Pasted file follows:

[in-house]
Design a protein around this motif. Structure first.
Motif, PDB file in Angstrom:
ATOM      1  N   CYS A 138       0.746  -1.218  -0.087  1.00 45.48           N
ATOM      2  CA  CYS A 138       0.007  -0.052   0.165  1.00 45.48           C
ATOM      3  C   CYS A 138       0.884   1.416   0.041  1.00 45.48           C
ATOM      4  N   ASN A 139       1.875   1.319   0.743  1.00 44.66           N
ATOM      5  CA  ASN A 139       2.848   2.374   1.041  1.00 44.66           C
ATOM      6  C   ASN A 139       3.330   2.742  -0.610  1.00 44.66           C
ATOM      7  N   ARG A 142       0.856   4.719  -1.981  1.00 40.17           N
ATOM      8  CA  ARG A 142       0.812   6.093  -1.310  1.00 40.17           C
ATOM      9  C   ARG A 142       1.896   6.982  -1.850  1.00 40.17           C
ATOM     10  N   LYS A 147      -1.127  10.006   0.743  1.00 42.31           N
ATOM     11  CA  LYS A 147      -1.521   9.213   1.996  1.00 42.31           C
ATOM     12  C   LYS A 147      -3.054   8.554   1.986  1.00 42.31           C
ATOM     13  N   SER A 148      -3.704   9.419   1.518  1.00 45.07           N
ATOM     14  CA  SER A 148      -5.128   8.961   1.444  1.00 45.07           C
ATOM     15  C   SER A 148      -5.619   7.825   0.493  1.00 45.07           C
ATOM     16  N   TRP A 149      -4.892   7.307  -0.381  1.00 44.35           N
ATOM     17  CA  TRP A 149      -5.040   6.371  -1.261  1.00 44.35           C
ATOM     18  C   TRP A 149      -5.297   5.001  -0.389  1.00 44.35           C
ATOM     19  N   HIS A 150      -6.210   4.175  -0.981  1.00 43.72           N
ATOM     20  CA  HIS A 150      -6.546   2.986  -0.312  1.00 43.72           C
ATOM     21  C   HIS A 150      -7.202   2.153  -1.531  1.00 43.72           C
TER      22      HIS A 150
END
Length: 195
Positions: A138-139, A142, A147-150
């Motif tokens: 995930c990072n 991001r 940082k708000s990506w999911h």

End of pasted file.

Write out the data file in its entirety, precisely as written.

[in-house]
Design a protein around this motif. Structure first.
Motif, PDB file in Angstrom:
ATOM      1  N   CYS A 138       0.746  -1.218  -0.087  1.00 45.48           N
ATOM      2  CA  CYS A 138       0.007  -0.052   0.165  1.00 45.48           C
ATOM      3  C   CYS A 138       0.884   1.416   0.041  1.00 45.48           C
ATOM      4  N   ASN A 139       1.875   1.319   0.743  1.00 44.66           N
ATOM      5  CA  ASN A 139       2.848   2.374   1.041  1.00 44.66           C
ATOM      6  C   ASN A 139       3.330   2.742  -0.610  1.00 44.66           C
ATOM      7  N   ARG A 142       0.856   4.719  -1.981  1.00 40.17           N
ATOM      8  CA  ARG A 142       0.812   6.093  -1.310  1.00 40.17           C
ATOM      9  C   ARG A 142       1.896   6.982  -1.850  1.00 40.17           C
ATOM     10  N   LYS A 147      -1.127  10.006   0.743  1.00 42.31           N
ATOM     11  CA  LYS A 147      -1.521   9.213   1.996  1.00 42.31           C
ATOM     12  C   LYS A 147      -3.054   8.554   1.986  1.00 42.31           C
ATOM     13  N   SER A 148      -3.704   9.419   1.518  1.00 45.07           N
ATOM     14  CA  SER A 148      -5.128   8.961   1.444  1.00 45.07           C
ATOM     15  C   SER A 148      -5.619   7.825   0.493  1.00 45.07           C
ATOM     16  N   TRP A 149      -4.892   7.307  -0.381  1.00 44.35           N
ATOM     17  CA  TRP A 149      -5.040   6.371  -1.261  1.00 44.35           C
ATOM     18  C   TRP A 149      -5.297   5.001  -0.389  1.00 44.35           C
ATOM     19  N   HIS A 150      -6.210   4.175  -0.981  1.00 43.72           N
ATOM     20  CA  HIS A 150      -6.546   2.986  -0.312  1.00 43.72           C
ATOM     21  C   HIS A 150      -7.202   2.153  -1.531  1.00 43.72           C
TER      22      HIS A 150
END
Length: 195
Positions: A138-139, A142, A147-150
């Motif tokens: 995930c990072n 991001r 940082k708000s990506w999911h």